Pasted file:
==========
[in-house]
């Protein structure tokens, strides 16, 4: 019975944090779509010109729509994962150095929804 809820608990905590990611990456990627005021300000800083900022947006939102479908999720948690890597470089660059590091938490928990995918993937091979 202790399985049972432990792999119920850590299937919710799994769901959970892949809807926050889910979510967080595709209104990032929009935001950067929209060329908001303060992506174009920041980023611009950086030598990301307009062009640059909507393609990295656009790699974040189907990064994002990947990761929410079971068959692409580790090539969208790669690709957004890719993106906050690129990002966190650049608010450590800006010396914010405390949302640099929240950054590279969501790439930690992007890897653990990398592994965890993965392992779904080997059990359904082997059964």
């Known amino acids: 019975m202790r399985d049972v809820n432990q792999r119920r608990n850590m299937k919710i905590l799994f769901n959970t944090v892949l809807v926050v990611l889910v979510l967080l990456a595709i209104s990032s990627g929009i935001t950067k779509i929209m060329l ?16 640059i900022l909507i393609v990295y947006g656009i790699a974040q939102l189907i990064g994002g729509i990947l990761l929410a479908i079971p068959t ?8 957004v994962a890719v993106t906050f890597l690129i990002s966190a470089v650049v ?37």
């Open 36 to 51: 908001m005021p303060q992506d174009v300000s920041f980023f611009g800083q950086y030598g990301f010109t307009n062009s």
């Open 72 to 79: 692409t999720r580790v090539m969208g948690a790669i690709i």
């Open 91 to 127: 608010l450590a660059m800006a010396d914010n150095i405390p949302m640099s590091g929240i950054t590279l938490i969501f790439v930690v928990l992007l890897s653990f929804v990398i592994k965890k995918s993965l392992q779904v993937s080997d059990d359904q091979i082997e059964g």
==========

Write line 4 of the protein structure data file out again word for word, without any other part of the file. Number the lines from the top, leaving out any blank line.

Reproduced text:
């Open 36 to 51: 908001m005021p303060q992506d174009v300000s920041f980023f611009g800083q950086y030598g990301f010109t307009n062009s």